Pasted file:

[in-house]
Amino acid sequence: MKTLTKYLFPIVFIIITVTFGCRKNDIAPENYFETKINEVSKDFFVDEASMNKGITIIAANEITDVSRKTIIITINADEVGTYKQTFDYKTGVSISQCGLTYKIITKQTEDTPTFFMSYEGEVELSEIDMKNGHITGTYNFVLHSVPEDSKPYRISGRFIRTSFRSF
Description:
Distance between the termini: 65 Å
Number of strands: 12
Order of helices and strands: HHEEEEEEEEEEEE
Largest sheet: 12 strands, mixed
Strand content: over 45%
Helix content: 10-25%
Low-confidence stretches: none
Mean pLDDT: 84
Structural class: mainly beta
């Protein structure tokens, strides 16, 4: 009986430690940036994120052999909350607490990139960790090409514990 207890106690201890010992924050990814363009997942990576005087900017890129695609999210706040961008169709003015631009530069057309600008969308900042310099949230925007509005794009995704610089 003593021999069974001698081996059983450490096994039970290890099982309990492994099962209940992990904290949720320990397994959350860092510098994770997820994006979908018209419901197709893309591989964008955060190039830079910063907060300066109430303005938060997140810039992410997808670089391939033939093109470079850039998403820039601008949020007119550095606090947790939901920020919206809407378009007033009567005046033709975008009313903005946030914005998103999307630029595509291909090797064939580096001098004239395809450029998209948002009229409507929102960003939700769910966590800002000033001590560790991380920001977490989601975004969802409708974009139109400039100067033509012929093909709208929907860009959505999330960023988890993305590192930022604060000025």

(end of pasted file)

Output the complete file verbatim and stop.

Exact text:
[in-house]
Amino acid sequence: MKTLTKYLFPIVFIIITVTFGCRKNDIAPENYFETKINEVSKDFFVDEASMNKGITIIAANEITDVSRKTIIITINADEVGTYKQTFDYKTGVSISQCGLTYKIITKQTEDTPTFFMSYEGEVELSEIDMKNGHITGTYNFVLHSVPEDSKPYRISGRFIRTSFRSF
Description:
Distance between the termini: 65 Å
Number of strands: 12
Order of helices and strands: HHEEEEEEEEEEEE
Largest sheet: 12 strands, mixed
Strand content: over 45%
Helix content: 10-25%
Low-confidence stretches: none
Mean pLDDT: 84
Structural class: mainly beta
């Protein structure tokens, strides 16, 4: 009986430690940036994120052999909350607490990139960790090409514990 207890106690201890010992924050990814363009997942990576005087900017890129695609999210706040961008169709003015631009530069057309600008969308900042310099949230925007509005794009995704610089 003593021999069974001698081996059983450490096994039970290890099982309990492994099962209940992990904290949720320990397994959350860092510098994770997820994006979908018209419901197709893309591989964008955060190039830079910063907060300066109430303005938060997140810039992410997808670089391939033939093109470079850039998403820039601008949020007119550095606090947790939901920020919206809407378009007033009567005046033709975008009313903005946030914005998103999307630029595509291909090797064939580096001098004239395809450029998209948002009229409507929102960003939700769910966590800002000033001590560790991380920001977490989601975004969802409708974009139109400039100067033509012929093909709208929907860009959505999330960023988890993305590192930022604060000025």